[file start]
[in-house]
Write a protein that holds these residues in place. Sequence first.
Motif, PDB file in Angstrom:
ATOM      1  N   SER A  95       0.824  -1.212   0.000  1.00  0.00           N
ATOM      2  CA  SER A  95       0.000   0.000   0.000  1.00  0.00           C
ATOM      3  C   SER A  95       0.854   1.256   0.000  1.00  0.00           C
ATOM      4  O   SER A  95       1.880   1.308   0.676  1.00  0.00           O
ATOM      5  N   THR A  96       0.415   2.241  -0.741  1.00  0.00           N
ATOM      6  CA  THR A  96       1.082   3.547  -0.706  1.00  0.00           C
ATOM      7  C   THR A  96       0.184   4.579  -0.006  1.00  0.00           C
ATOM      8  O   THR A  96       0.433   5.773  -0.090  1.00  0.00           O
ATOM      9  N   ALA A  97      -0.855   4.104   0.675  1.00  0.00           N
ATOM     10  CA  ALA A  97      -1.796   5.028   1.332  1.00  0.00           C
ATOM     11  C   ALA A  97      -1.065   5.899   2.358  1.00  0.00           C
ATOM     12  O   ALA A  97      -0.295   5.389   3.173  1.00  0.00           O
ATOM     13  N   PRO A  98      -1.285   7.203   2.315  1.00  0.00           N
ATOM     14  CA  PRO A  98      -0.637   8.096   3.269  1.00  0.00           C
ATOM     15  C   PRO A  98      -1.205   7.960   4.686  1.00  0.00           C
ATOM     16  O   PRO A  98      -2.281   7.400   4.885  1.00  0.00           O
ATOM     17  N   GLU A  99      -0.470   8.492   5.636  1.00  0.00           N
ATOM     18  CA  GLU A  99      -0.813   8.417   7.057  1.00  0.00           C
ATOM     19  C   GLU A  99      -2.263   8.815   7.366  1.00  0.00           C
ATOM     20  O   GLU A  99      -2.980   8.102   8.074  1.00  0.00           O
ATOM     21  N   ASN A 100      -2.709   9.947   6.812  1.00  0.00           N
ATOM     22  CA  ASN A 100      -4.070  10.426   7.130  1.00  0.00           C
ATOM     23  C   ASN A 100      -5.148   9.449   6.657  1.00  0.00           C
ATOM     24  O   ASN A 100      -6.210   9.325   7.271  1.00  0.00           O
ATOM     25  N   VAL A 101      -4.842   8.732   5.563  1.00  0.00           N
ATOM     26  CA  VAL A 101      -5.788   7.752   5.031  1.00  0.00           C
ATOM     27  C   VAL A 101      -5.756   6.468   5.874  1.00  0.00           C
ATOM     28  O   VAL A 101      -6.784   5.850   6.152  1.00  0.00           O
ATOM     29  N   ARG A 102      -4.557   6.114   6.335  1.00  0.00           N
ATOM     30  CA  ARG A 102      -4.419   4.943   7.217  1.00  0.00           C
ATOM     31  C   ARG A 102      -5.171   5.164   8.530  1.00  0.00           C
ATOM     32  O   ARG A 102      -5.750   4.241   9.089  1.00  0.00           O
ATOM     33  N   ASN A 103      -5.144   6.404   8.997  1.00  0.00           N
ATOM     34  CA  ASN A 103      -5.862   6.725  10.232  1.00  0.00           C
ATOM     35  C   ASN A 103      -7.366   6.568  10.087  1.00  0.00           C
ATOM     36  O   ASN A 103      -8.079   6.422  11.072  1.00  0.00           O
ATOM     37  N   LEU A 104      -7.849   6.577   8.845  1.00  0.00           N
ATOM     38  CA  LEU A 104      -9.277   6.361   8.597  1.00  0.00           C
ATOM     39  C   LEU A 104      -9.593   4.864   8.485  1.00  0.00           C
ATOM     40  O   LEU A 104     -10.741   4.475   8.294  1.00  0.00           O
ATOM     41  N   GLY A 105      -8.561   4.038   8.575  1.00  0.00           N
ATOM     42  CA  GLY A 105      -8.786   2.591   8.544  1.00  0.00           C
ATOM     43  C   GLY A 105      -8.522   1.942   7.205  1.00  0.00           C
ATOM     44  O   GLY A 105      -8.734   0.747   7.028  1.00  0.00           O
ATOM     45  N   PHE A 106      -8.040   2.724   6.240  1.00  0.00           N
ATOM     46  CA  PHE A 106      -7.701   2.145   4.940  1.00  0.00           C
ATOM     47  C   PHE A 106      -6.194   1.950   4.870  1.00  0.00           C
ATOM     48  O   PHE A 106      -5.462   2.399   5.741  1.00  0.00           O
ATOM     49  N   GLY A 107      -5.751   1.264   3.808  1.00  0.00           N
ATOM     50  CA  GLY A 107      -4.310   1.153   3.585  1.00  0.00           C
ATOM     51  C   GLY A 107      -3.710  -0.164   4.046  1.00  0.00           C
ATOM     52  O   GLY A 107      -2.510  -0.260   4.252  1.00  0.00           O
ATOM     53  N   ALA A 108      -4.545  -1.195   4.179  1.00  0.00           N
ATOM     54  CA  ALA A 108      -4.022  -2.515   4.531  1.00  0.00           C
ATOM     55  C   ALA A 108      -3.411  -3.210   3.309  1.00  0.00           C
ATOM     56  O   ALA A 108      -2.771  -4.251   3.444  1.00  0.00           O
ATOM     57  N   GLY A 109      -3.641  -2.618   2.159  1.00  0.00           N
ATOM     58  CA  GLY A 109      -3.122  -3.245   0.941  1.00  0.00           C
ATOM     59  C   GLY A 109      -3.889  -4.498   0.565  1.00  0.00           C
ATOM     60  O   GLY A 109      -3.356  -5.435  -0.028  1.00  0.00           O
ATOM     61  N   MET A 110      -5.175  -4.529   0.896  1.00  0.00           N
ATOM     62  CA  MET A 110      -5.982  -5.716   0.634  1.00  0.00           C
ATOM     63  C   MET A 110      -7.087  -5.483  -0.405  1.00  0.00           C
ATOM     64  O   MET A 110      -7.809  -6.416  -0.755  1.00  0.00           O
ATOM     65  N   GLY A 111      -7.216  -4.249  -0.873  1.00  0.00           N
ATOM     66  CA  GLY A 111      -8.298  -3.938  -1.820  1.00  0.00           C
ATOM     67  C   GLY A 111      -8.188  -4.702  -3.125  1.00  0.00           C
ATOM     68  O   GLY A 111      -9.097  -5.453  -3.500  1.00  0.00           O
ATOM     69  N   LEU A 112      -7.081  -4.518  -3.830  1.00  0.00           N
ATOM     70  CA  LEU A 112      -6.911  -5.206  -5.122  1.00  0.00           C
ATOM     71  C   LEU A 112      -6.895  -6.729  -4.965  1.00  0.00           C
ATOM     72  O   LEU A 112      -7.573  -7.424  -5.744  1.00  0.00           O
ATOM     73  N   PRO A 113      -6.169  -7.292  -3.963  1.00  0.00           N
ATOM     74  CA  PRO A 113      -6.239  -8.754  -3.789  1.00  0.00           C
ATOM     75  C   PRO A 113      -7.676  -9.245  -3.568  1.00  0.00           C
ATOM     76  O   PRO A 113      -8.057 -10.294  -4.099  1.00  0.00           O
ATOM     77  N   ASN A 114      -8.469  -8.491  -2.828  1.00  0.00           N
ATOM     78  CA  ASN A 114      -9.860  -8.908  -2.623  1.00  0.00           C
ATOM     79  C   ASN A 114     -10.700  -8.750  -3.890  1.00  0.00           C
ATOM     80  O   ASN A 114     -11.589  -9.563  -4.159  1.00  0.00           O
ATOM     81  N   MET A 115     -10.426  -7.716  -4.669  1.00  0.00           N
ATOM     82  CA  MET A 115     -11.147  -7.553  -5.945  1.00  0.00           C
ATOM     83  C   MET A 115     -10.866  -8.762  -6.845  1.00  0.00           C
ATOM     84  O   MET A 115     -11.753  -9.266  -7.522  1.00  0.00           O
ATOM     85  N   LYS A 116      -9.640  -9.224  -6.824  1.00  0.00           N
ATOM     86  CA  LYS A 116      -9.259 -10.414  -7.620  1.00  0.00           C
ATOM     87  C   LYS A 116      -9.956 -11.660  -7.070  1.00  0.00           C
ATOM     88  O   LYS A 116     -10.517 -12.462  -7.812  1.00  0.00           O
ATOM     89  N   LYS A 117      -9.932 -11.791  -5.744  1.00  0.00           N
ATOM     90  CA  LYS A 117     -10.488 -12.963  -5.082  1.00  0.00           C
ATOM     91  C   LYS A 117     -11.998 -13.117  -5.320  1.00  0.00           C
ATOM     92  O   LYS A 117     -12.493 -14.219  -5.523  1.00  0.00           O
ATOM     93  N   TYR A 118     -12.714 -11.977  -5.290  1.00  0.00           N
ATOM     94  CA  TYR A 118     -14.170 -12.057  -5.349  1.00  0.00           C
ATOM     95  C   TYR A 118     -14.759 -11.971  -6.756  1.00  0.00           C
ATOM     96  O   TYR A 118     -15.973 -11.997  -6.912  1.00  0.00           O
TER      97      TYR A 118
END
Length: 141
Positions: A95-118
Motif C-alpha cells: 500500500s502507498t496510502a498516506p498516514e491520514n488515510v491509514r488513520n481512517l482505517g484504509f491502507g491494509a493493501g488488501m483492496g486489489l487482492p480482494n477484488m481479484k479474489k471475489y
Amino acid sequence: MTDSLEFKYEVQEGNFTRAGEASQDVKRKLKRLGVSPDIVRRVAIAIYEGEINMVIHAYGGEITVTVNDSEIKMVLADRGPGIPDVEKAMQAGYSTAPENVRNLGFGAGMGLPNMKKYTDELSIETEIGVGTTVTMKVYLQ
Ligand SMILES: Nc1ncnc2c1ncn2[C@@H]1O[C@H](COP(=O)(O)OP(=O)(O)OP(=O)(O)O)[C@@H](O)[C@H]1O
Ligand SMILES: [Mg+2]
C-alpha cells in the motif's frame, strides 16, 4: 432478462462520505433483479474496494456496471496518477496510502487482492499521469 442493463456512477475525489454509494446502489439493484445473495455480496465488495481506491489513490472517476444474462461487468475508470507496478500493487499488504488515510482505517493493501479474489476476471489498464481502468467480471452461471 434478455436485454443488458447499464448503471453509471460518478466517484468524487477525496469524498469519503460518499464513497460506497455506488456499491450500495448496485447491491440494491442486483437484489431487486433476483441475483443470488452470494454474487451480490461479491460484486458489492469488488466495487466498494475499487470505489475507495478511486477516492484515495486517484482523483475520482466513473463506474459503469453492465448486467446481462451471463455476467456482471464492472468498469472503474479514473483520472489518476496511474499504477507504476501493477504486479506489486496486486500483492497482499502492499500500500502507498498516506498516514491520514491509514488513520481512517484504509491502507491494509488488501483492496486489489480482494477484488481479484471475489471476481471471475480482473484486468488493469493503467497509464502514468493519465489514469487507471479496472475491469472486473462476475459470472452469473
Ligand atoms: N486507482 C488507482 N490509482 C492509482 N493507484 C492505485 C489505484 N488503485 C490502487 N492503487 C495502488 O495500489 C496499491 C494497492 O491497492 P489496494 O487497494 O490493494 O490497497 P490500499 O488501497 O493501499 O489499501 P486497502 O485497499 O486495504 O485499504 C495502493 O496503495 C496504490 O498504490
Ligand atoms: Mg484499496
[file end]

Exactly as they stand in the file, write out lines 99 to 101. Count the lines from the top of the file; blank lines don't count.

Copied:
ATOM     96  O   TYR A 118     -15.973 -11.997  -6.912  1.00  0.00           O
TER      97      TYR A 118
END